Probably one of the most important topics to Composable Systems, and myself personally, at the SharePoint Conference (2014) is the future of InfoPath Forms. InfoPath is supposedly gone as a product… That means in about 10 years, we’ll have to deal with migrating our forms to some other tool or set of tools.
Relax. That’s 10 years. InfoPath is going to be supported in its current form and will still be part of the next version(s) of SharePoint. Forms hosted in SharePoint will still work. The app will work on the desktop as well. So we’ll have time to migrate to a new solution, but we shouldn’t wait too long to re-think our forms. Having said all that, the future is still not too clear. At the SharePoint Conference today, Microsoft said that they’re very much in flux here and are looking for help from the community to guide this. They said there’s a lot of work going on here within Microsoft, but there’s nothing ready to ship anytime soon. So there was no big announcement. It’s not what I wanted to hear, but at least they’re transparent in their position here.
Despite this, the team gave a good classification of the different types of options/tools available to deal with this. Here are the items they covered. Some things are available today, others are coming in the future.
This has already shipped with SharePoint. It’s often overlooked and most people haven’t even heard of this. This is actually a great solution for simple surveys and forms. There is a simple designer to add as many questions, of varying type, to the form. These simply become columns in Excel. And you get to share the survey URL for people to fill out. When results come in, they go directly to the spreadsheet – and in real-time. To create one, just choose new “Excel Survey” from within a document library.
This is new stuff. It wasn’t really a product announcement as in replacing InfoPath, but it did put a nicer experience on top of a list. These are MS Access-based forms that sit on top of a list. Before we go too far here, this is just the form part of MS Access and is entirely web-based. It’s based on HTML5 and is initiated using the ribbon while editing a list – there is a new “design form” button that sits right next to the InfoPath button. It’s a fast and flexible design surface which allows drag/drop support of labels and fields. You can re-size and re-position. It’s just form elements for the current list though. You essentially create a new view. It’s not as comprehensive as I would have hoped. This will ship in SharePoint online within the next 3-6 months.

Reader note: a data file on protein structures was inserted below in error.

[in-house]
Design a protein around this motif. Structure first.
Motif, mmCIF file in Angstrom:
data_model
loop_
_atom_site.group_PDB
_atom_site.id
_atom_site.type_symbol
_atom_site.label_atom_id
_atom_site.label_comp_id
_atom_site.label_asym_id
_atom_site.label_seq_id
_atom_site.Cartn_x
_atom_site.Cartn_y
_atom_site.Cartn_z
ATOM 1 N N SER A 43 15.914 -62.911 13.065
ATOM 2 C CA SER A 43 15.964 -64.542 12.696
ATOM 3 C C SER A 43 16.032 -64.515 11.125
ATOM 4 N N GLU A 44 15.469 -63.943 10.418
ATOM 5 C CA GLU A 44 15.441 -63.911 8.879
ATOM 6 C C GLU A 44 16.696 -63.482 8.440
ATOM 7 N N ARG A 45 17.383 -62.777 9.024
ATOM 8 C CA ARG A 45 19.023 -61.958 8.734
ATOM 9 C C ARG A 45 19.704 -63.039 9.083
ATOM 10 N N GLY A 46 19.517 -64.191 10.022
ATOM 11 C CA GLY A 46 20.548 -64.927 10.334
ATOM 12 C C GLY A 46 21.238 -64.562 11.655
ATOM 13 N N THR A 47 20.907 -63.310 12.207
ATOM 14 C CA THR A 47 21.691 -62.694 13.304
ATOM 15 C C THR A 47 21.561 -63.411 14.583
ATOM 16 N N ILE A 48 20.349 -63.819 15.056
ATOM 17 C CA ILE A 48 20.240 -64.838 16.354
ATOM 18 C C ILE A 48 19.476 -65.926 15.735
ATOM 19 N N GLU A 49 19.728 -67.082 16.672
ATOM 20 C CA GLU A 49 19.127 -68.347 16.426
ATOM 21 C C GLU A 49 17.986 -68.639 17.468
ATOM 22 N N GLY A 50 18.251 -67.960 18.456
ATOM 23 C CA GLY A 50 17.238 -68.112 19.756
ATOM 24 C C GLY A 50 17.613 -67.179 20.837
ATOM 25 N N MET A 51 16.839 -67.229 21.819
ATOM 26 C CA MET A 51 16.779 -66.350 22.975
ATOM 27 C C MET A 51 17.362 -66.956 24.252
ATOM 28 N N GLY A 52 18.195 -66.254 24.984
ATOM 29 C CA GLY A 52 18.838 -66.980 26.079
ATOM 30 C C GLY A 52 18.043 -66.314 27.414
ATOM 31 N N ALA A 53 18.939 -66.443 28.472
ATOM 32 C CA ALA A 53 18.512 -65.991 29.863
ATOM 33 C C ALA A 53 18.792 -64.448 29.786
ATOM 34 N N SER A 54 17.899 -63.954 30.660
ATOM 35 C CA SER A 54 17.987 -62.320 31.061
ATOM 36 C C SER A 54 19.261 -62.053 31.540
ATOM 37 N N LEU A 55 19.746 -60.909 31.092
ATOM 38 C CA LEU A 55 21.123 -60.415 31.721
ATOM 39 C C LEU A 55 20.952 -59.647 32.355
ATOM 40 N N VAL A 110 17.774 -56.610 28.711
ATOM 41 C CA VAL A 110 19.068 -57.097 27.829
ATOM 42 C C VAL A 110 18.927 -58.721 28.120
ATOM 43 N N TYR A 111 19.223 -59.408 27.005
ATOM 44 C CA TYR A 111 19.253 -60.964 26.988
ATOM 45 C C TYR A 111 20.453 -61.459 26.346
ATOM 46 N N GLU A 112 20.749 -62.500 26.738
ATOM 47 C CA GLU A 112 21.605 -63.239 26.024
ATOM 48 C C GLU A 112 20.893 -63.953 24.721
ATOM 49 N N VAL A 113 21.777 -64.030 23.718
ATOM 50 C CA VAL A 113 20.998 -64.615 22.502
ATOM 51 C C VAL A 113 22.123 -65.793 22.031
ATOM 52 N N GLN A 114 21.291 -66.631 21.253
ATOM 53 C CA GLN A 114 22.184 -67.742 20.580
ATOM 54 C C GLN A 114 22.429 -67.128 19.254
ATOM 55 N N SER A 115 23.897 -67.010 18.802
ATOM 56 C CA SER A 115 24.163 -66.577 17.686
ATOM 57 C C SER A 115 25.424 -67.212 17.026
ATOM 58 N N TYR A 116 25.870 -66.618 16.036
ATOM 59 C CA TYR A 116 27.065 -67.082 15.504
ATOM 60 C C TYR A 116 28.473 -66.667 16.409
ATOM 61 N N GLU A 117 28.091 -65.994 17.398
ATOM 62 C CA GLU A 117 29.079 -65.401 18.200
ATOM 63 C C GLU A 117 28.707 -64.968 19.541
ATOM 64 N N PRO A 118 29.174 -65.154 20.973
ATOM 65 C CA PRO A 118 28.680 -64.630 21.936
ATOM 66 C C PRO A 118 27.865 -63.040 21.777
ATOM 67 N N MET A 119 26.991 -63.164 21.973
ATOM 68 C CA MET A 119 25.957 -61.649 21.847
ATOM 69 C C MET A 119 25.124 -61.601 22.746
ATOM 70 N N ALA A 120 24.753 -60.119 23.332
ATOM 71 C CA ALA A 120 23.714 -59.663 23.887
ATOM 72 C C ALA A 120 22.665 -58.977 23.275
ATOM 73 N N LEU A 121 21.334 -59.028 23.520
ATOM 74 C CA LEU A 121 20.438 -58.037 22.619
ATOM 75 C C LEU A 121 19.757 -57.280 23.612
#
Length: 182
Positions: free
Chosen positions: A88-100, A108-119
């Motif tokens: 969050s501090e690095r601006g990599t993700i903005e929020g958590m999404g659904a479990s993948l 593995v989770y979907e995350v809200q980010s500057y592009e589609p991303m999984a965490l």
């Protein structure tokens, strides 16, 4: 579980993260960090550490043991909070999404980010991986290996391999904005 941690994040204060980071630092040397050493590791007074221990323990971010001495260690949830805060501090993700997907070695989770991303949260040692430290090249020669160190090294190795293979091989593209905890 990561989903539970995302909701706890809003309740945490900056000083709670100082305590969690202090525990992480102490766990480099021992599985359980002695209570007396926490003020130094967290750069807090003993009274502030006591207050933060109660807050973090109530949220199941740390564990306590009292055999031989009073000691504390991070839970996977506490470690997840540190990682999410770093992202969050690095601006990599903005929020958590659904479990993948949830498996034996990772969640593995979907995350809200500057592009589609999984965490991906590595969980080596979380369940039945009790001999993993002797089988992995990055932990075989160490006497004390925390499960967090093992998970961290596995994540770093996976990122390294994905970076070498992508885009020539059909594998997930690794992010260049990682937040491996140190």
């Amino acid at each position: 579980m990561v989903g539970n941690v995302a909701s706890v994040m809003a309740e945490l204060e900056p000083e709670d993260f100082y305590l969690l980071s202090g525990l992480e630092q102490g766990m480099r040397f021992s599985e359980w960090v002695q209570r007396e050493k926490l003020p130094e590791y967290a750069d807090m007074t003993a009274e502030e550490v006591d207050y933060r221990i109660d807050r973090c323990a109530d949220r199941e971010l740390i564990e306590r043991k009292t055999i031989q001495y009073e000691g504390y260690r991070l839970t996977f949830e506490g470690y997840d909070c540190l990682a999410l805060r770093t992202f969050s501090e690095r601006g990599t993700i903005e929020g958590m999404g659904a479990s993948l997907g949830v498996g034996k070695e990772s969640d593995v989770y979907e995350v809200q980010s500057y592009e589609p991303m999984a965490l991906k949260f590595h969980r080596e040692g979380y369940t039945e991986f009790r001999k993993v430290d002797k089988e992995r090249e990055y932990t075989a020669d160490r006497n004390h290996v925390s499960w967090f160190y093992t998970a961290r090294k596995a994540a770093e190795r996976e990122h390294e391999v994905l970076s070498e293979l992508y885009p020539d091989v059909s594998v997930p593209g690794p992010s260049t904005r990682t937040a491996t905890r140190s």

This is another scenario where Word documents are used as high-fidelity documents which gives users a more WYSIWYG experience. These are fillable word documents where the form fields can be edited and/or filled out. It meets the need of an online as well as offline scenario. These most closely resemble the InfoPath forms, but are not nearly as complex. They’re just for filling out and capturing data. Also, the data is kept in the Word document, so it makes for a good archival story. This functionality is about a year off.
These are the most complex forms. These are based on MS Access online which allows for a relational and fully transactional database behind the scenes. By the way, the new MS Access online databases are based on SQL Azure. So it’s going to be scalable, capable and reliable. This is currently shipping in the online version.
So, this is sort of like the Shuttle program being shut down without a real clear path to get to the space station. Not what I wanted to hear – I really wanted a cool HTML5 based application that did what InfoPath did, but without all the strings attached. I guess we’ll wait and see on this – we’ll keep you up to date on this. We’ll also deal with this on a case-by-case basis. Sometimes using InfoPath, sometimes creating our own HTML5 forms.